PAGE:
• Unions in Quebec

While the advantages offered by today’s labour shortage seem pleasant to some, the disadvantages placed on the many quickly darken its promises of better pay and benefits. If only there were a legal and non-comprising way to negotiate better salaries with your boss… Surprise 🎉, we present to you, UNIONS! Unions offer employees the collective leverage they need to establish better pay, benefits and working conditions without causing woeful economic drawbacks as is the case with labour shortages.

Fortunately, unions are central to Quebec’s labour market! They are the second province with the most union coverage rate in Canada standing at nearly 40% of all employees being unionised. But what even are unions? Why are they so present in Quebec? And what about student unions, are those the same?

What are unions?

  • Unions are federally and provincially recognized groups that represent the general interest of employees. Through negotiations with a company’s management team known as ‘collective bargaining’, unions draft a legal contract, a ‘collective agreement’, that establishes better working conditions, benefits, and pay of employees. Such examples include the eight hour workday, maternity leave, or the minimum’s wage gradual increase. (Moreover, they immensely help marginalised groups!)

Why are there so many in quebec?

  • Union presence has been observed in Quebec for nearly two centuries, and has historically led the way in Canada with its high union density. This density is enabled by two main factors, Canada’s large public sector, and its labour relations laws which favour union development.  

What’s the difference with student unions?

  • To many’s surprise, there is little difference between student unions and labour unions. Quebec’s student unions are powerful and represent hundreds of thousands of students province-wide. Their duties closely resemble labour unions as they aim to best represent the interests of students by improving working conditions, fighting tuition hikes and bettering student experience. 

History: The prevalent influence of student unions in Quebec is largely traced to one document, the ‘Charte de Grenoble’. This charter, drafted by French students in 1946 establishes university attendees as ‘intellectual workers’. Therefore, students are entitled to rights such as proper working conditions and rights to research. Students are also responsible, as intellectual workers, for propagating the truth and defending freedom. This charter greatly inspired universities in Quebec in the 60’s and paved the way for today’s ‘act respecting the accreditation and financing of student’s associations’ passed in 1983. Whilst other provinces have passed similar acts, Quebec remains Canada’s student union stronghold as students benefit from the most legal protection and organise the largest student strikes.

What’s The Tribunal Administratif du Logement (Housing Administrative Tribunal)?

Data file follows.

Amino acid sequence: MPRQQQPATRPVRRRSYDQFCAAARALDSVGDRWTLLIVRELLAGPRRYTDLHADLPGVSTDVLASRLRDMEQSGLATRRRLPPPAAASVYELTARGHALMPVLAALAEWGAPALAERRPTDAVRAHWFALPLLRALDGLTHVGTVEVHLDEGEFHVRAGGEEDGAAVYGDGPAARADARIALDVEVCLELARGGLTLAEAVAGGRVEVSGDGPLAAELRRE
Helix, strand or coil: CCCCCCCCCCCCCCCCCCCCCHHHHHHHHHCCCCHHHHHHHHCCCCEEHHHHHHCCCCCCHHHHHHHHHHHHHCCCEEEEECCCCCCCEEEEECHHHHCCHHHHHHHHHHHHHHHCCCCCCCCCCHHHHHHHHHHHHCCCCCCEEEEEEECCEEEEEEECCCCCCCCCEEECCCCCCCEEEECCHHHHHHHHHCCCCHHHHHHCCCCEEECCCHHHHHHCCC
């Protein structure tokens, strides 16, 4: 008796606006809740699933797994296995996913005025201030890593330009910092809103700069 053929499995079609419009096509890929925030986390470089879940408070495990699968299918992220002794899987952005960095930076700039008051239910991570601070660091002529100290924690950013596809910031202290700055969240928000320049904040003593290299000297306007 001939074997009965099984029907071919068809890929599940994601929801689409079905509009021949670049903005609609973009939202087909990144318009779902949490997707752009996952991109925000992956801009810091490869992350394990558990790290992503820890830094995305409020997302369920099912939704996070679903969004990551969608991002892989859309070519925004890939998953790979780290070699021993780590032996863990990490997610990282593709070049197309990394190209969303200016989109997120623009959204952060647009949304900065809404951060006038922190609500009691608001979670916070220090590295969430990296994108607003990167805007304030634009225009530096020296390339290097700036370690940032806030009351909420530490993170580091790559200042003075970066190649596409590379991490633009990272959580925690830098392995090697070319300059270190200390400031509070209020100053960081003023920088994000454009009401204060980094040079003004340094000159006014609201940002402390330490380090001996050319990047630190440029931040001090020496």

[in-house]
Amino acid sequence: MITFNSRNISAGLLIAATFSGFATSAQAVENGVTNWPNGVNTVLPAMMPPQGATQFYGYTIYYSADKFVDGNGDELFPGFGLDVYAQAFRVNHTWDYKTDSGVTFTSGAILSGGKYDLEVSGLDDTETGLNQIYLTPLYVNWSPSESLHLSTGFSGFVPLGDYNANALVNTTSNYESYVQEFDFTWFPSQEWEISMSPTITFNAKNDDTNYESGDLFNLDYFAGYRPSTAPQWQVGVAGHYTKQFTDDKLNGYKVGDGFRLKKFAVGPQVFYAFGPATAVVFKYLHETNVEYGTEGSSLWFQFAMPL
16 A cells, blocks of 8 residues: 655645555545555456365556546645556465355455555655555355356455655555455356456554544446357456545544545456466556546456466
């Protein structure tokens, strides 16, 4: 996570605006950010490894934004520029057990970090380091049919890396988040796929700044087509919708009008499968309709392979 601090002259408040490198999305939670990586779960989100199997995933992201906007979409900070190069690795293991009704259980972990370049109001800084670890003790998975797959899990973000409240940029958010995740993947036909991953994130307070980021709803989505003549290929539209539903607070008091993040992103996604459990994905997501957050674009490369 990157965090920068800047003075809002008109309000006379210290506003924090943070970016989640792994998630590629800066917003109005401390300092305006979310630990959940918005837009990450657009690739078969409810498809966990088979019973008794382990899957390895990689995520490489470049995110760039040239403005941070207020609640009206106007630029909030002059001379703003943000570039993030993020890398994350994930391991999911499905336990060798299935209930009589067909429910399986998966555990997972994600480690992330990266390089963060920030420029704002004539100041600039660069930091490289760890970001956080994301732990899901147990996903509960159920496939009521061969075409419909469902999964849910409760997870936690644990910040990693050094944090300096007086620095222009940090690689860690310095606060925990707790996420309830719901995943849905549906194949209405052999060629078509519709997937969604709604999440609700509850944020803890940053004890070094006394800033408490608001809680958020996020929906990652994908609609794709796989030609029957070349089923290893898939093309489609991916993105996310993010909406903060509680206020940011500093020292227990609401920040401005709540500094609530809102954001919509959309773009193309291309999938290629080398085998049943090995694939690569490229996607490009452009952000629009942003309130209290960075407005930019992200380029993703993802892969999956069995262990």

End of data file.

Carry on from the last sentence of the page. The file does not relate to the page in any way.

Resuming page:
Created in 1980, The Tribunal Administratif du Logement (TAL), formerly known as Régie du logement, is a provincial body that supervises the residential rental market and applies Quebec’s housing laws and regulations (1). Its responsibilities include;

  1. Making decisions on requests submitted to it
  2. Informing people of their rights and obligations under residential leases 
  3. And promoting good relations between landlords and tenants.
Do the same rights and obligations apply for student residences?

No, residences managed by educational institutions do not benefit from the same rights and obligations as other dwellings in Quebec. For example, “a student who lives in a residence managed by an educational institution cannot sublet the dwelling or assign the lease” (2). The list of differences can be found on the TAL’s website here.

Are the laws the same regardless of my citizenship status (international students, etc.)?

Yes, whether you are a Canadian citizen from any province, or you are legally residing in Canada for work or study purposes, you benefit from the same housing rights and are subject to the same obligations in Quebec

Can a landlord refuse my renting application because I just arrived in Canada?

“While a landlord may ask you for work references or a credit check, they are not allowed to ask any personal questions in regards to how long you have been in Canada, your ethnic background or religion, whether you will have any relatives visiting, and whether you plan on having children. Additionally, a landlord cannot flat out refuse to rent to you because you are new to Canada and therefore lack credit and/or references.” (3)

Upon signing my lease, my landlord asked for a deposit equivalent to one month’s rent, is that normal?

Yes, the landlord(or lessor) is entitled to doing so. However, they may not ask for more than one month’s rent, or charge any other additional amounts like security or key deposits. (4)

  1. https://www.tal.gouv.qc.ca/fr/a-propos
  2. https://www.tal.gouv.qc.ca/en/being-a-lessee/students
  3. https://www.canadim.com/blog/international-students-canada-know-your-housing-rights/
  4. https://www.tal.gouv.qc.ca/en/being-a-lessee/paying-the-rent?